"Because almost none of the Anglo characters' anti-Asian statements were censored, a wild guess might be that Fu Manchu's most excessive scenes were trimmed during World War II in an effort not to offend our Chinese allies. Whatever the reason, some of the cut material is mind-boggling in its (now) political incorrectness. Fu Manchu openly discusses his equally perverse daughter's sexual designs on the stalwart Anglo hero; besides the usual schemes and threats to the West, there is a line that has to be heard to be believed, where Karloff, revelling in his power, proclaims to his Pan-Asian allies that 'We will KILL the white man and TAKE his women!'" --from MGM Video Savant

"Republic actually had a second serial in mind, Fu Manchu Strikes Back, but the project was shelved in July, 1942, under pressure from the Chinese Government (there was a war on, remember?) and the U.S. State Department requested that the vehicle be 'temporarily postponed' which is bureaucratic jargon for 'Don't make our Allies look bad.' It goes a long way toward explaining why Fu Manchu managed to beat the rap instead of perishing in the fiery car crash that the original version of the script called for!" -- from the Cliffhanger Classics web site.

La Maison des Supplices (French title)


1938 Have You Got Any Castles

Released: 25 June 1938
Warner Brothers "Looney Tunes" cartoon
7 minutes

Director: Frank Tashlin
Story: Jack Miller
Animation: Ken Harris
Music: Carl W. Stalling

 

The cartoon is a  series of  musical numbers featuring numerous characters that children might be expected to recognize as well as many that adults would get.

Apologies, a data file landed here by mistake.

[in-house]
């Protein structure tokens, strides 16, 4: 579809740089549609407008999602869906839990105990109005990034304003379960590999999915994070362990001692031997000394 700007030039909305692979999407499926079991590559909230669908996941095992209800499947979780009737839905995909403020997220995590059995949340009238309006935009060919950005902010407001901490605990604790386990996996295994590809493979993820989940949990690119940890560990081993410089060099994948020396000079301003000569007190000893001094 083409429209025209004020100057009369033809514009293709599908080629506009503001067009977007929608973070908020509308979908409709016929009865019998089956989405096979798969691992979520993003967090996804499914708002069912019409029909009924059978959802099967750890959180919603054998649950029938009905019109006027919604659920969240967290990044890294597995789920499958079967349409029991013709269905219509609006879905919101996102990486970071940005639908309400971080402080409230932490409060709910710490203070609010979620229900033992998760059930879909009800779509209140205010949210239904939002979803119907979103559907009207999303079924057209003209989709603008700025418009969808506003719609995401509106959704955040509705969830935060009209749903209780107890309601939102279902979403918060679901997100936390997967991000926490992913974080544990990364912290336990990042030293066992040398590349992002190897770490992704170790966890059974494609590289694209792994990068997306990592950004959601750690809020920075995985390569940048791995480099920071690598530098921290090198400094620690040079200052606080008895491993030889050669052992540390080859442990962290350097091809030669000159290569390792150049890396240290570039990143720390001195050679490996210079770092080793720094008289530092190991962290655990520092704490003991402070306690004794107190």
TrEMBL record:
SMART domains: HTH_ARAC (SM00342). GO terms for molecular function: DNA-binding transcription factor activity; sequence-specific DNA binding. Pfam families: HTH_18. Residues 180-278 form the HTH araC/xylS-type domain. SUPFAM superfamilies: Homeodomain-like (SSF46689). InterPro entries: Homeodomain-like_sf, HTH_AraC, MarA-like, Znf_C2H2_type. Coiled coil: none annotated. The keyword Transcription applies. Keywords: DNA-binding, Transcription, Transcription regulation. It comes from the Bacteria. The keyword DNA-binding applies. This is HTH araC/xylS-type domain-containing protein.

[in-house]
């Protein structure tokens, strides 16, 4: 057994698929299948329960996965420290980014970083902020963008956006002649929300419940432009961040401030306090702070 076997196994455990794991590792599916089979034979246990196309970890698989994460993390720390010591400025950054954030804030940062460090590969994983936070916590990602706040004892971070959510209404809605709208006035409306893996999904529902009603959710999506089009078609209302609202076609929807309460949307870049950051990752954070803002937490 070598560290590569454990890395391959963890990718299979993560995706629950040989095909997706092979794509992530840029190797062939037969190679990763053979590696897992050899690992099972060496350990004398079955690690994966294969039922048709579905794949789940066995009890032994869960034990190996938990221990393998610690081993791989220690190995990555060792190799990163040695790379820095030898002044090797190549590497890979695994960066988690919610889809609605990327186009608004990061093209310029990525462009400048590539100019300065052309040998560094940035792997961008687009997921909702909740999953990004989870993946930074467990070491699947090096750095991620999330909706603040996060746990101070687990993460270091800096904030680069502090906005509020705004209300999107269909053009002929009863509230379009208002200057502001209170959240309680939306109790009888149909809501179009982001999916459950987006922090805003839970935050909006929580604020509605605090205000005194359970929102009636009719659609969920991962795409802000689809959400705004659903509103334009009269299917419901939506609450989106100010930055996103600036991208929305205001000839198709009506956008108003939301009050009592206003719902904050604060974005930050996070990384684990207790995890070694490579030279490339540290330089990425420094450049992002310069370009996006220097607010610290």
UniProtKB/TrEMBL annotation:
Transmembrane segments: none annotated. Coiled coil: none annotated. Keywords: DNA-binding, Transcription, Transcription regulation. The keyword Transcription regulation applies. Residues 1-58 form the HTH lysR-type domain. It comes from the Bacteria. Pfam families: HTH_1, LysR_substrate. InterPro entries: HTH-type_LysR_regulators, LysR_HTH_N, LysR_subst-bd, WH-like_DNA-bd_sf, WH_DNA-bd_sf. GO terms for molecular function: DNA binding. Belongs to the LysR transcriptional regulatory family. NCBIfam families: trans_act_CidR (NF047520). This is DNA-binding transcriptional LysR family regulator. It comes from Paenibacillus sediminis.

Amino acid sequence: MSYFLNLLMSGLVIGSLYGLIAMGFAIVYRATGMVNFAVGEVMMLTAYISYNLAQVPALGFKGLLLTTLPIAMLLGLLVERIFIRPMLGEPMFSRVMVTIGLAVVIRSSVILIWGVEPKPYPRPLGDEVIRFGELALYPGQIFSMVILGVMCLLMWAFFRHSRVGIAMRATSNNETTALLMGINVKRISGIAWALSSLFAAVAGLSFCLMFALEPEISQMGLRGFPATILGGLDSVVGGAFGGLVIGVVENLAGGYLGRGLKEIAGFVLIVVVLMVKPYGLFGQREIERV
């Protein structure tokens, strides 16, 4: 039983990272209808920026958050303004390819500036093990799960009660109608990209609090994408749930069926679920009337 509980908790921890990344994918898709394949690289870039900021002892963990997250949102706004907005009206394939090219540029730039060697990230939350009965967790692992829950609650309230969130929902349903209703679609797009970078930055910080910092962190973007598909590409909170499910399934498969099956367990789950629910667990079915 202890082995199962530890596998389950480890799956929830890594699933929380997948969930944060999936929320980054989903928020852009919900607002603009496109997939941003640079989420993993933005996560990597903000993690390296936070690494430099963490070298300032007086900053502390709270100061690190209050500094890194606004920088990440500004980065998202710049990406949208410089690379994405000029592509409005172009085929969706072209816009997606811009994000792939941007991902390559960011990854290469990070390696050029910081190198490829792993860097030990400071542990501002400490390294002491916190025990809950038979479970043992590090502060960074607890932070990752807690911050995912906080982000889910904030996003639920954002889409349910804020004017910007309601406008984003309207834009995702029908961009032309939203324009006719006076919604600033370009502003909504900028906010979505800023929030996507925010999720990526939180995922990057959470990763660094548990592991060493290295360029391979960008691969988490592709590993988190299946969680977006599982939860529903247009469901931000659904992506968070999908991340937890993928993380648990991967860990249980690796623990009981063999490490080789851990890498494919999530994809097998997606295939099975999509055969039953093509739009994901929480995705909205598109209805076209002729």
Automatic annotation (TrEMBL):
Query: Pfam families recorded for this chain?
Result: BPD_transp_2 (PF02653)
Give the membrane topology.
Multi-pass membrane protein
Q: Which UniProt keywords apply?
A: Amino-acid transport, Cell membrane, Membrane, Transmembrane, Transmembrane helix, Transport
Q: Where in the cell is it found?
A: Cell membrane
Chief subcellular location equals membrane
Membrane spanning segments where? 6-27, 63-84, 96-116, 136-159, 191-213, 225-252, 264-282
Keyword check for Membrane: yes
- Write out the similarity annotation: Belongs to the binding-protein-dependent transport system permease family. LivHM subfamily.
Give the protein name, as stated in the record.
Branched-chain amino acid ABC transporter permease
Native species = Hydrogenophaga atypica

The characters include The Thin Man,  Old King Cole. The Three Musketeers, the  Prisoner of Zenda, The Charge of the Light Brigade,  Rip Van Winkle, The Invisible Man, Topper, Bulldog Drummin, Whistler's Mother and, of course, Fu Manchu and his partners, Mr. Hyde, The Phantom of the Opera and Frankenstein's monster.

 They emerge one by one from their respective books, act scary and break into dance.

These excellent frames were captured by Joel Schlosberg who observed "One thing I noticed on re-watching HYGAC is that both Fu Manchu and Frankenstein follow the conventions for the characters' appearance set by the film versions (Fu's mustache and Jack Pierce's character design for the 1931 Frankenstein), which is a bit inconsistent with the cartoon's conceit that they've come to life from the books.

I remember seeing a different Warner Bros. cartoon that also had a Fu reference -- I forget the title, but in it, Porky Pig (I think) was trying to go to sleep and was being prevented by somebody else who was constantly making noise.  Porky throws the book 'Fu Manchu' at the pest, but the book is promptly thrown back at him, now titled 'The Return of Fu Manchu'."
 

 

Movies - Part One  WB01343_.gif (599 bytes)    WB01345_.gif (616 bytes)  Movies - Part Three

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Copyright 1997, 1998 Lawrence Knapp. All rights reserved.